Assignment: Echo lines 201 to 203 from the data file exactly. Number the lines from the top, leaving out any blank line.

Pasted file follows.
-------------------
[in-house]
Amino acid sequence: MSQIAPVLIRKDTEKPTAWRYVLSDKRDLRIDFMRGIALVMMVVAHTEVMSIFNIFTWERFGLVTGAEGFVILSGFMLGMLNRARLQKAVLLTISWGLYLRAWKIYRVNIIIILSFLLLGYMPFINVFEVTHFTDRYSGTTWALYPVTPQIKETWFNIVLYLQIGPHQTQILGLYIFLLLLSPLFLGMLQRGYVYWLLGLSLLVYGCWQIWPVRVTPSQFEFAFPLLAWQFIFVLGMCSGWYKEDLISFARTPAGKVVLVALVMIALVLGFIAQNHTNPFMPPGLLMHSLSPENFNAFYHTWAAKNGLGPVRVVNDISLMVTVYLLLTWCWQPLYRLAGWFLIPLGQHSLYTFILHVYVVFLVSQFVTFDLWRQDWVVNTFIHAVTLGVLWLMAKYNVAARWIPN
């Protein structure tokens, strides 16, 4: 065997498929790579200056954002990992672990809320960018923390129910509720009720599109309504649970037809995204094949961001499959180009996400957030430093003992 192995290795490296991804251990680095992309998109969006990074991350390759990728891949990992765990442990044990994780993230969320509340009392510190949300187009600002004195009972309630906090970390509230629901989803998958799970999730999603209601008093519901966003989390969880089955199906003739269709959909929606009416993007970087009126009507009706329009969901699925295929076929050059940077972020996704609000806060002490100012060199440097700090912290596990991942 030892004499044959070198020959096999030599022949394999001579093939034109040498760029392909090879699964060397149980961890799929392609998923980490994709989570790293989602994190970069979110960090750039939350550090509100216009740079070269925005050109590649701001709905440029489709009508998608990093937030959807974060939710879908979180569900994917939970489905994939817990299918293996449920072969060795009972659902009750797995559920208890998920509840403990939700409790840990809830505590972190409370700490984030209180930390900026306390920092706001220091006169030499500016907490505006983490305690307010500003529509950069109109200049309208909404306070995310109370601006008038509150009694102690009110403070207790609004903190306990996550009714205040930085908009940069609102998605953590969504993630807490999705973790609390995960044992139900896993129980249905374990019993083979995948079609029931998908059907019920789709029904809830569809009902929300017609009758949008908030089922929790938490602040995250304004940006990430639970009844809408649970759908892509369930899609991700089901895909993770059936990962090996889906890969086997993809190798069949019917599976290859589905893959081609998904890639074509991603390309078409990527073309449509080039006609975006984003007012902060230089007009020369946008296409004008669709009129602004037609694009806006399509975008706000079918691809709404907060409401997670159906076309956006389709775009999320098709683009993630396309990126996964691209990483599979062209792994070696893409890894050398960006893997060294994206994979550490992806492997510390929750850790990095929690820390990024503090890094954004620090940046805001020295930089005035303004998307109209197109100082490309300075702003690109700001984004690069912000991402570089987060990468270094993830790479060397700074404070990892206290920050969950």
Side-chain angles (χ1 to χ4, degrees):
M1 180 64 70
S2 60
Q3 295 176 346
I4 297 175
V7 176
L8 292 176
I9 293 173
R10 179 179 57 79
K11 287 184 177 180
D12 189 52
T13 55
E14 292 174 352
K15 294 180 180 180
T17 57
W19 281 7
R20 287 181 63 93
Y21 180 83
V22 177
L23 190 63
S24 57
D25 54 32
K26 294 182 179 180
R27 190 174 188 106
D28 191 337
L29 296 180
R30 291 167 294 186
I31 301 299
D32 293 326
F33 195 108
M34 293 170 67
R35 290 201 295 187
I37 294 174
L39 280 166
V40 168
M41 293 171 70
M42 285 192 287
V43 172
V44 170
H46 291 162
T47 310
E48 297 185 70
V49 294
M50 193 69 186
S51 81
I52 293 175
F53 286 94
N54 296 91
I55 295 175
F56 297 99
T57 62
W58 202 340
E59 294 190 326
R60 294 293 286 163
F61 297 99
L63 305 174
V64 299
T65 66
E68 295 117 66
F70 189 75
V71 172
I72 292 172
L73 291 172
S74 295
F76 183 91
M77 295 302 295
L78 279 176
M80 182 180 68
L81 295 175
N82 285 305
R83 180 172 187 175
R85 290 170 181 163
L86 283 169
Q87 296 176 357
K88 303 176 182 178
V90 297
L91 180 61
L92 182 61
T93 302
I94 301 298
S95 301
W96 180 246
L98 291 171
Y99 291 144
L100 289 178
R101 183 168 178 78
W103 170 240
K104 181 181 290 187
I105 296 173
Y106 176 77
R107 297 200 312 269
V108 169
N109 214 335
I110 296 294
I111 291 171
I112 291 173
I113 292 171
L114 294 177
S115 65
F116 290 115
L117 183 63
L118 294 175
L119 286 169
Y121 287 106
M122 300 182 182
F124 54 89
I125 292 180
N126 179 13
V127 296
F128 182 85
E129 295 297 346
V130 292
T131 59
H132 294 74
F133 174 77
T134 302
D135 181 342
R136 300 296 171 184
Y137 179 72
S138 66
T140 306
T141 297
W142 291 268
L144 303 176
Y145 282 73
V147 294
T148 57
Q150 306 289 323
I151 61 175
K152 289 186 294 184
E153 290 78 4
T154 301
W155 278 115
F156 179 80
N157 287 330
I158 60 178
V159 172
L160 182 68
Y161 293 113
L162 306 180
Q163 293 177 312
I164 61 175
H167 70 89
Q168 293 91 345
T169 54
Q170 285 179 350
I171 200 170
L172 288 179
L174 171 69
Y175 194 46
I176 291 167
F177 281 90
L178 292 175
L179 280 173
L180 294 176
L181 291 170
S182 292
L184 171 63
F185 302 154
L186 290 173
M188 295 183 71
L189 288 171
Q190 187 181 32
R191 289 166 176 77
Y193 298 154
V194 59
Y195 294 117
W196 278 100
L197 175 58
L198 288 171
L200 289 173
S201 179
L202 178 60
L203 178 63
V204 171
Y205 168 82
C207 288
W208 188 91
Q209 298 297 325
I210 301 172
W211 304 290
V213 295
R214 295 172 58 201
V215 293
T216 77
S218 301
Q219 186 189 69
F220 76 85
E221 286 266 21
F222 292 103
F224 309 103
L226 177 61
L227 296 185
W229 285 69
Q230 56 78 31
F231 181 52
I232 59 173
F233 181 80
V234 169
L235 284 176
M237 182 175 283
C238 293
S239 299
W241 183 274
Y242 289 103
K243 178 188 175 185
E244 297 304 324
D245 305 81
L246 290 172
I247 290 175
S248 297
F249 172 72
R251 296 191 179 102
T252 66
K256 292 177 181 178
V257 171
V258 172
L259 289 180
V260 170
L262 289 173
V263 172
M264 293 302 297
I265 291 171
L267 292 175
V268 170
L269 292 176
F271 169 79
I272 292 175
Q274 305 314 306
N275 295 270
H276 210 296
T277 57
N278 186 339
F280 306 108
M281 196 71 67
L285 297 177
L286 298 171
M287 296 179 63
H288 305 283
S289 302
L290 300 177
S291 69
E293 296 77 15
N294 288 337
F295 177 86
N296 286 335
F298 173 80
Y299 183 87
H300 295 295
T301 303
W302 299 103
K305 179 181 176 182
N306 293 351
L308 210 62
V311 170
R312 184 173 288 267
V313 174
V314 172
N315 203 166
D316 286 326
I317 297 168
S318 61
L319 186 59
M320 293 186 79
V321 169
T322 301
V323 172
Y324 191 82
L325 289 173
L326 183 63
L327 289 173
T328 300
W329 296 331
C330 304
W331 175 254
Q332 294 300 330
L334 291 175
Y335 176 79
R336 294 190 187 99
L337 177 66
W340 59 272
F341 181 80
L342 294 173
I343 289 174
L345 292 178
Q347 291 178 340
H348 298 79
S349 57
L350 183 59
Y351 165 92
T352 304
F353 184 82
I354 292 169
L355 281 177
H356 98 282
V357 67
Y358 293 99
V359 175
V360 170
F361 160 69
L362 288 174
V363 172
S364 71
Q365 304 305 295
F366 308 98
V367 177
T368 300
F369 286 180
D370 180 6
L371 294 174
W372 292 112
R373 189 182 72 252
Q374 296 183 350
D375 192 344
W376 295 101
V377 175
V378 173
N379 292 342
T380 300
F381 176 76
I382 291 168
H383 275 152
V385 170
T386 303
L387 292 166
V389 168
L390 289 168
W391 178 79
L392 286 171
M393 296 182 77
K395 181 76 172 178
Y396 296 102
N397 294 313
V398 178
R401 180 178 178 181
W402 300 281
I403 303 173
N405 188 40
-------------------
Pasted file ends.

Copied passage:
F233 181 80
V234 169
L235 284 176